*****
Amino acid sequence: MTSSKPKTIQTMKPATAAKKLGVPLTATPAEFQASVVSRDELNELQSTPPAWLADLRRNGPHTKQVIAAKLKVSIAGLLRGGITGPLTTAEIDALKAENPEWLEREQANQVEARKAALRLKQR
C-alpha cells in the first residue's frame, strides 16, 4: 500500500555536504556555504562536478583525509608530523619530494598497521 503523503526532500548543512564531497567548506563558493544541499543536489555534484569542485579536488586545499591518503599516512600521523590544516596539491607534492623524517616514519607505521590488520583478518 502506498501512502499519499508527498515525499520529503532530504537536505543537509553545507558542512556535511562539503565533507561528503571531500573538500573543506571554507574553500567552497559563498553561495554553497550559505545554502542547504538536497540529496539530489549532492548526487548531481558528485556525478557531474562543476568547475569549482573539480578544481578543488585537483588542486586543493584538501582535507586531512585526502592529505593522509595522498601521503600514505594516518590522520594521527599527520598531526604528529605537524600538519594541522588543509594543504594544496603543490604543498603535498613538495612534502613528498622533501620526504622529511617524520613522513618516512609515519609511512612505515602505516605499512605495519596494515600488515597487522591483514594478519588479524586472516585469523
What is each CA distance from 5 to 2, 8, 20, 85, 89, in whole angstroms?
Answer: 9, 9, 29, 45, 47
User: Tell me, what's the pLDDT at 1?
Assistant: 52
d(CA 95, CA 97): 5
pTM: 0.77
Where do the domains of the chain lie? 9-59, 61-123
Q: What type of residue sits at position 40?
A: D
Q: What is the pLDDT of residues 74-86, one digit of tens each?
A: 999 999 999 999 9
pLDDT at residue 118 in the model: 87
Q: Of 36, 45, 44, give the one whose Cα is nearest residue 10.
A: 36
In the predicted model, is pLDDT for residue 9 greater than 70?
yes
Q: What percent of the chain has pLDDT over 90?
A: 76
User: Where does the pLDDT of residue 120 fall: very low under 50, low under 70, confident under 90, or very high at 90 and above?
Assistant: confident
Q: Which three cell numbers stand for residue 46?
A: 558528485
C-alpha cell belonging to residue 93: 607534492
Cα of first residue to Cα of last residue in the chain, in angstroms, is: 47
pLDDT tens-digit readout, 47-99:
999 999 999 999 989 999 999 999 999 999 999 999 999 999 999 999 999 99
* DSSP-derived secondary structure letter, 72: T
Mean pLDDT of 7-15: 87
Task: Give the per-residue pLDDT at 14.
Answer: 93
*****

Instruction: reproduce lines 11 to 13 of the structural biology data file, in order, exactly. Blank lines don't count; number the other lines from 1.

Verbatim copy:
A: D
Q: What is the pLDDT of residues 74-86, one digit of tens each?
A: 999 999 999 999 9